A federal advisory committee on Wednesday recommended the Pfizer-BioNTech coronavirus vaccine for children ages 12-15 after reviewing clinical trial data that shows the shot is safe and effective in adolescents.
Centers for Disease Control and Prevention Director Dr. Rochelle Walensky approved the committee’s recommendation on Wednesday evening, which opened up vaccinations to millions of teens. She called it an “another important step to getting out of the COVID-19 pandemic, and closer to normalcy.”
Some states have already started vaccinating children between 12 and 15 years old with the Pfizer COVID-19 vaccine following the U.S. Food and Drug Administration’s emergency use authorization of the shot on Monday.
The decision from the CDC panel, which comprises medical and public health experts, “is very important because that vote issues the recommendation for use that clinicians go to in order to start giving the vaccine. At that point, it becomes a recommended standard of care,” L.J. Tan, chief strategy officer of the Immunization Action Coalition, told USA Today.
Like adults, kids will be given the same amount of vaccine in two doses, three weeks apart.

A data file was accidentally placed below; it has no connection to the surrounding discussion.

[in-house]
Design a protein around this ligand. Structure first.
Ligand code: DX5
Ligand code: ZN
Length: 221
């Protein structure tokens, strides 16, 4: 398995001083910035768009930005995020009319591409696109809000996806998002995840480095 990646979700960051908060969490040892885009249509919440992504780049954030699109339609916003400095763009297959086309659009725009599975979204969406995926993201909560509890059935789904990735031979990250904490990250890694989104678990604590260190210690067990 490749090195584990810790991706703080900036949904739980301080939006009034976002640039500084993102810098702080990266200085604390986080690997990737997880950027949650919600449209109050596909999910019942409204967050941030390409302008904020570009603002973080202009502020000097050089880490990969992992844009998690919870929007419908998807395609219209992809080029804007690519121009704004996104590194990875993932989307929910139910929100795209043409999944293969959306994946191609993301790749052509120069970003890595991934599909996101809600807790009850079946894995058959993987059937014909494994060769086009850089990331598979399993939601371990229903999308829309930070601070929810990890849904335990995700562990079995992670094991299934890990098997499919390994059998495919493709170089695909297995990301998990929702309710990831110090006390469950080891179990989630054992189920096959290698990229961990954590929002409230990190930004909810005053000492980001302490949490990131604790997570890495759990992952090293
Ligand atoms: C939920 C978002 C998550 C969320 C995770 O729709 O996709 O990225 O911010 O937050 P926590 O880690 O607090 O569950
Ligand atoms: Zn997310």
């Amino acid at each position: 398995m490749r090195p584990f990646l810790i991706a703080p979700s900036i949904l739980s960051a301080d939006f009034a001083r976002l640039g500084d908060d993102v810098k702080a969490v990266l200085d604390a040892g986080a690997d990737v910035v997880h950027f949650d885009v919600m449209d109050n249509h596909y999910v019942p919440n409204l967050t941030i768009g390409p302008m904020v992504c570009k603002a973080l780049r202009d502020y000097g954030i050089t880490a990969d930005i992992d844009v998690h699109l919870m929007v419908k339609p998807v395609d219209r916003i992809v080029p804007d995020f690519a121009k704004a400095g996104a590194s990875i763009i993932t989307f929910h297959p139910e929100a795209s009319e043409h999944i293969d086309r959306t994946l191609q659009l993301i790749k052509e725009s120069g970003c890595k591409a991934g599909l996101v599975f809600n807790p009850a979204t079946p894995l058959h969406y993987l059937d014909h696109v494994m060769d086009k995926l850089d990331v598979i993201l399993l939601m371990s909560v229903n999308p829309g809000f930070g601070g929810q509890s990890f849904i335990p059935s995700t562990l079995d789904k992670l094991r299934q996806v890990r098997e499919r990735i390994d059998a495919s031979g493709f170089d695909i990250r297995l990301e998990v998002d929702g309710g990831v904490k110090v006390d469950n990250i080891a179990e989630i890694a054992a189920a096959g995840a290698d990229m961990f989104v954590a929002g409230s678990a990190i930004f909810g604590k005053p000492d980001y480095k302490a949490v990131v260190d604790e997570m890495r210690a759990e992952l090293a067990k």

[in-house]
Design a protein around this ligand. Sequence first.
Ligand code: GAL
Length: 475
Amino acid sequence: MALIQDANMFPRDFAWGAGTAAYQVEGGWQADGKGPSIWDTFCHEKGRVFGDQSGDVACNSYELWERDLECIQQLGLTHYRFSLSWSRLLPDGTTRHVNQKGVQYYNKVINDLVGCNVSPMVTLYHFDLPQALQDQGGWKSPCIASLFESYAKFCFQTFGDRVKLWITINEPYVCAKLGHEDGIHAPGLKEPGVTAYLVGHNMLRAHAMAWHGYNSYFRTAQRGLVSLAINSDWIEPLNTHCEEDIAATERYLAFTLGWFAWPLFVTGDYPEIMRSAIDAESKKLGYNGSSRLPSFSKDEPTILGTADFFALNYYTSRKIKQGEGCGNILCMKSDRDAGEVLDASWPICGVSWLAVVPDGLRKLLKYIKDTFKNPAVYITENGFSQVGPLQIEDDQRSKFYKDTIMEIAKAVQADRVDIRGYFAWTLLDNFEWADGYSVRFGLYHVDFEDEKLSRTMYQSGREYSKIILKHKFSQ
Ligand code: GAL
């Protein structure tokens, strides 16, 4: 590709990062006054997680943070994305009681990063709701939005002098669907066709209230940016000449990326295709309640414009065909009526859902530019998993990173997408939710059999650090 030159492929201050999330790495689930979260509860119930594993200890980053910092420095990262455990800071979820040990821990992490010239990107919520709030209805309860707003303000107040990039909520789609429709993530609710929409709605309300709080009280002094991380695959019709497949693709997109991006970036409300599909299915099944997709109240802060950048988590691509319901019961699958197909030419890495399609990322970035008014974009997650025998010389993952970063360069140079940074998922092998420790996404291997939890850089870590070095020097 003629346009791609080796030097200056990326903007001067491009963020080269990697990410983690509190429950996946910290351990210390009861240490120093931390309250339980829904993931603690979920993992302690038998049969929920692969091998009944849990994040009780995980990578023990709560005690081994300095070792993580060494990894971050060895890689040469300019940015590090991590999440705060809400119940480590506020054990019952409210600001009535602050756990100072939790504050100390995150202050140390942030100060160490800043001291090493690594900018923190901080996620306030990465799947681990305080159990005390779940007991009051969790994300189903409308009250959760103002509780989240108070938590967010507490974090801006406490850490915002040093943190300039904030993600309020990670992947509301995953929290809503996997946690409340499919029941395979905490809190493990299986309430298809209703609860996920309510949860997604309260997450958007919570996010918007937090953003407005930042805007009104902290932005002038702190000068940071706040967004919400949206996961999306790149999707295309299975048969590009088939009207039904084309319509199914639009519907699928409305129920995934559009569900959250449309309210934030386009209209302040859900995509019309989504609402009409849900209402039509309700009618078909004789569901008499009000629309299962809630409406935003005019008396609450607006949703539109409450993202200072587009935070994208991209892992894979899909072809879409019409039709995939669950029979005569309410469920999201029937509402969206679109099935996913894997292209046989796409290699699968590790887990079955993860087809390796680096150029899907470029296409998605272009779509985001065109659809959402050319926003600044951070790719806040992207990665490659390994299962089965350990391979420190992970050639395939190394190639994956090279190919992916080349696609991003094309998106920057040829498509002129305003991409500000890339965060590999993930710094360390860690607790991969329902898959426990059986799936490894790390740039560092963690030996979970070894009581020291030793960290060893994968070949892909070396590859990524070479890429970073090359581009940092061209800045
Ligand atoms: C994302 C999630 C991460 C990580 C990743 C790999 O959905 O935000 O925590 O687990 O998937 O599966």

For that reason, shots can be administered to the age group at all locations currently delivering them, but some states may place limits on where minors can get vaccinated, Dr. Peter Marks, director of the FDA’s Center for Biologics Evaluation and Research, said in a Monday news conference.
The Pfizer vaccine has been authorized for people aged 16 and older since December.
More than 117.6 million Americans are fully vaccinated against COVID-19, about 35% of the population, as of May 12, according to a CDC tracker.
How well does the Pfizer COVID-9 vaccine protect children?
Pfizer announced in March that its vaccine reduced risk of coronavirus infection in children 12-15 years old by 100%, meaning no vaccinated kids were infected during the late stage trial. It’s a stunning boost in protection against COVID-19 compared to people between 16 and 25 who benefit from a 95% reduction in infection risks after receiving their final of two doses.
But 100% efficacy during clinical trials doesn’t guarantee that the same level of protection will be seen in the general population, which includes millions of kids, not thousands.
Side effects in children such as arm pain, fatigue, headache and joint pain were comparable to those in adults. No serious allergic reactions were reported among the kids in the study.
The trial included 2,260 children between 12 and 15 years old in the U.S. with or without histories of past coronavirus infections. Among the kids who received a placebo shot, 18 developed COVID-19, while none who got the vaccine developed the disease.
The company did not mention how well its vaccine worked against the more contagious coronavirus variants, but the variants have been spreading during the late stage trial period.
Side effects were similar to those experienced in adults and included injection site pain (84%), fatigue (63%), headache (55%), muscle pain (38%), chills (32%), joint pain (24%), fever (14%), injection site swelling (10.5%) and nausea (1%).